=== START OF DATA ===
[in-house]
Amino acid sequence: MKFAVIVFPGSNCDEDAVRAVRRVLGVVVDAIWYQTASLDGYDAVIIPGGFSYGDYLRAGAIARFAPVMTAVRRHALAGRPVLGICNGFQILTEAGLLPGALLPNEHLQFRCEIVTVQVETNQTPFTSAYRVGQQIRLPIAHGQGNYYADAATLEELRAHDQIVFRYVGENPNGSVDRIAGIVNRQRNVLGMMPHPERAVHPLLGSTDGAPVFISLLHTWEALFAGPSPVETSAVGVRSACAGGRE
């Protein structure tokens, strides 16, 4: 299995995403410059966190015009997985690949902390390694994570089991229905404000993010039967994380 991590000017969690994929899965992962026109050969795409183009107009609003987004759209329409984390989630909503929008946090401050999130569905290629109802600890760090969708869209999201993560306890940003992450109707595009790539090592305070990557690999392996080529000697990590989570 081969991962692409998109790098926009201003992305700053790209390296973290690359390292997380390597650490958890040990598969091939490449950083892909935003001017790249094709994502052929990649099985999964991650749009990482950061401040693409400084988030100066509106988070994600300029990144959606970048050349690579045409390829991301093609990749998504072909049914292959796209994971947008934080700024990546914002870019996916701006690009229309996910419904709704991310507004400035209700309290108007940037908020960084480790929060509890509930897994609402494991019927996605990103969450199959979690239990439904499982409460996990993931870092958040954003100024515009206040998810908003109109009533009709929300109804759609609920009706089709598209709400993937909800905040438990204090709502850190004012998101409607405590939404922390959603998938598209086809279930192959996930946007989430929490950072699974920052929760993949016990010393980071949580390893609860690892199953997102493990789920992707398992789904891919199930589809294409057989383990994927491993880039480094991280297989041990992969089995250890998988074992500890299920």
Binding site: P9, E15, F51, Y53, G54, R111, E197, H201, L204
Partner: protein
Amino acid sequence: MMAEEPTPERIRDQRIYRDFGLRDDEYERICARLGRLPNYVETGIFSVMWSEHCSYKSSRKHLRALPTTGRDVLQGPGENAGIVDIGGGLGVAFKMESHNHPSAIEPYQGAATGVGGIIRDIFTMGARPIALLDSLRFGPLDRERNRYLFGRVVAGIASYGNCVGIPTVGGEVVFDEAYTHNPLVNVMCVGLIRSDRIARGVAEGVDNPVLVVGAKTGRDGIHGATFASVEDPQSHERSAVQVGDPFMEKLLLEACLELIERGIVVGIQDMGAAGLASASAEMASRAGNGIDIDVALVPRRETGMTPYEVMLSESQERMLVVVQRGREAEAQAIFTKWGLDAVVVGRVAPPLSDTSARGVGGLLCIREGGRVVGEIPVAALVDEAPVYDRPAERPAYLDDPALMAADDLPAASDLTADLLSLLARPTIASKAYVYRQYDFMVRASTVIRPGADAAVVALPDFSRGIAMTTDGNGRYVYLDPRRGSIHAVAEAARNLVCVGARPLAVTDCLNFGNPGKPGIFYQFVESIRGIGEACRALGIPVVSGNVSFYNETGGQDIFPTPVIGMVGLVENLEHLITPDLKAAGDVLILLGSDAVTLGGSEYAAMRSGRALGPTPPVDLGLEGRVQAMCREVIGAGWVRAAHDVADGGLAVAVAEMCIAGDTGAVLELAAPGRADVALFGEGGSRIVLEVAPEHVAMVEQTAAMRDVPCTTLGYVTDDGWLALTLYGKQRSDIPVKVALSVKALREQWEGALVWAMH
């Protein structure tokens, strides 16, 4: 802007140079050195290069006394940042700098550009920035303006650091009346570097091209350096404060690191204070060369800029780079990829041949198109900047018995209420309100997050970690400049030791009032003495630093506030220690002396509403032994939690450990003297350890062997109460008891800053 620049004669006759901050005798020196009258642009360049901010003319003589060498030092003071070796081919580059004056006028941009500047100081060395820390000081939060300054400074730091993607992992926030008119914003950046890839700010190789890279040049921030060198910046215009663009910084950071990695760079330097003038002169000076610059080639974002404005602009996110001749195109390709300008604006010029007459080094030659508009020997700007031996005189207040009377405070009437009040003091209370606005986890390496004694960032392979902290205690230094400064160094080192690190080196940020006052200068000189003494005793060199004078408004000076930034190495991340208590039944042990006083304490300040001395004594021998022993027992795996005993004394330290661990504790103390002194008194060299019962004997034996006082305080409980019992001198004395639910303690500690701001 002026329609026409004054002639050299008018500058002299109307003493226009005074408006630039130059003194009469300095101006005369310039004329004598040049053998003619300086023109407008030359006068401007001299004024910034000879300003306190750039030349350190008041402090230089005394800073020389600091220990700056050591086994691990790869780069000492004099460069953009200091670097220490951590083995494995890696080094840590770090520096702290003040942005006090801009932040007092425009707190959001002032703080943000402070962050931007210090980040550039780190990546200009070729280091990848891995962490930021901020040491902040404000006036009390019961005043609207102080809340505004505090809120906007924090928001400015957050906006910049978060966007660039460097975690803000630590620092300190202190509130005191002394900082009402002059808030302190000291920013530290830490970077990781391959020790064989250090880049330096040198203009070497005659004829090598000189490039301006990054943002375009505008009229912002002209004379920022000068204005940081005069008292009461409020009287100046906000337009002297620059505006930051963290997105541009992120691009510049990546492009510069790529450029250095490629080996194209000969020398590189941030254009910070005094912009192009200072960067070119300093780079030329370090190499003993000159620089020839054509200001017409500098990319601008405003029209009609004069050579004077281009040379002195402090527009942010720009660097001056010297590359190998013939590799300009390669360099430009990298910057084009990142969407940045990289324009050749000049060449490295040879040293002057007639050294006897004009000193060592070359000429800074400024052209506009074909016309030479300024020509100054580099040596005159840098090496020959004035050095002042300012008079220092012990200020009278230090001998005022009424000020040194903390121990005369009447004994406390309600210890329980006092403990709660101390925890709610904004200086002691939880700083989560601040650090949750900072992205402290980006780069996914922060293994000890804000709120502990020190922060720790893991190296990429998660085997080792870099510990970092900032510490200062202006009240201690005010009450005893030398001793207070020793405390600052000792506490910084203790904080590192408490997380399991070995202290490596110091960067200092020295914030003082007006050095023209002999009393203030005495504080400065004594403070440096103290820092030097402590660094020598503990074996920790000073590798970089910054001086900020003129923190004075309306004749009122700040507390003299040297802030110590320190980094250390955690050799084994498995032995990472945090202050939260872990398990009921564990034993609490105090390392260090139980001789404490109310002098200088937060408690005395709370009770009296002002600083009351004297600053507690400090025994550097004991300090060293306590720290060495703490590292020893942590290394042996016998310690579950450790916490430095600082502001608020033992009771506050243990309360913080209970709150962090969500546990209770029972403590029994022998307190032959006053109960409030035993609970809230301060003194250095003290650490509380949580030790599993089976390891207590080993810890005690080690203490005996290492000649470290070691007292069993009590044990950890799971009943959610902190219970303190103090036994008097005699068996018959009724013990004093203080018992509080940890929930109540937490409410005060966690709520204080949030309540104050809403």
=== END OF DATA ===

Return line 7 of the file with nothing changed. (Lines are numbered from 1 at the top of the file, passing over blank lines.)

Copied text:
């Protein structure tokens, strides 16, 4: 802007140079050195290069006394940042700098550009920035303006650091009346570097091209350096404060690191204070060369800029780079990829041949198109900047018995209420309100997050970690400049030791009032003495630093506030220690002396509403032994939690450990003297350890062997109460008891800053 620049004669006759901050005798020196009258642009360049901010003319003589060498030092003071070796081919580059004056006028941009500047100081060395820390000081939060300054400074730091993607992992926030008119914003950046890839700010190789890279040049921030060198910046215009663009910084950071990695760079330097003038002169000076610059080639974002404005602009996110001749195109390709300008604006010029007459080094030659508009020997700007031996005189207040009377405070009437009040003091209370606005986890390496004694960032392979902290205690230094400064160094080192690190080196940020006052200068000189003494005793060199004078408004000076930034190495991340208590039944042990006083304490300040001395004594021998022993027992795996005993004394330290661990504790103390002194008194060299019962004997034996006082305080409980019992001198004395639910303690500690701001 002026329609026409004054002639050299008018500058002299109307003493226009005074408006630039130059003194009469300095101006005369310039004329004598040049053998003619300086023109407008030359006068401007001299004024910034000879300003306190750039030349350190008041402090230089005394800073020389600091220990700056050591086994691990790869780069000492004099460069953009200091670097220490951590083995494995890696080094840590770090520096702290003040942005006090801009932040007092425009707190959001002032703080943000402070962050931007210090980040550039780190990546200009070729280091990848891995962490930021901020040491902040404000006036009390019961005043609207102080809340505004505090809120906007924090928001400015957050906006910049978060966007660039460097975690803000630590620092300190202190509130005191002394900082009402002059808030302190000291920013530290830490970077990781391959020790064989250090880049330096040198203009070497005659004829090598000189490039301006990054943002375009505008009229912002002209004379920022000068204005940081005069008292009461409020009287100046906000337009002297620059505006930051963290997105541009992120691009510049990546492009510069790529450029250095490629080996194209000969020398590189941030254009910070005094912009192009200072960067070119300093780079030329370090190499003993000159620089020839054509200001017409500098990319601008405003029209009609004069050579004077281009040379002195402090527009942010720009660097001056010297590359190998013939590799300009390669360099430009990298910057084009990142969407940045990289324009050749000049060449490295040879040293002057007639050294006897004009000193060592070359000429800074400024052209506009074909016309030479300024020509100054580099040596005159840098090496020959004035050095002042300012008079220092012990200020009278230090001998005022009424000020040194903390121990005369009447004994406390309600210890329980006092403990709660101390925890709610904004200086002691939880700083989560601040650090949750900072992205402290980006780069996914922060293994000890804000709120502990020190922060720790893991190296990429998660085997080792870099510990970092900032510490200062202006009240201690005010009450005893030398001793207070020793405390600052000792506490910084203790904080590192408490997380399991070995202290490596110091960067200092020295914030003082007006050095023209002999009393203030005495504080400065004594403070440096103290820092030097402590660094020598503990074996920790000073590798970089910054001086900020003129923190004075309306004749009122700040507390003299040297802030110590320190980094250390955690050799084994498995032995990472945090202050939260872990398990009921564990034993609490105090390392260090139980001789404490109310002098200088937060408690005395709370009770009296002002600083009351004297600053507690400090025994550097004991300090060293306590720290060495703490590292020893942590290394042996016998310690579950450790916490430095600082502001608020033992009771506050243990309360913080209970709150962090969500546990209770029972403590029994022998307190032959006053109960409030035993609970809230301060003194250095003290650490509380949580030790599993089976390891207590080993810890005690080690203490005996290492000649470290070691007292069993009590044990950890799971009943959610902190219970303190103090036994008097005699068996018959009724013990004093203080018992509080940890929930109540937490409410005060966690709520204080949030309540104050809403």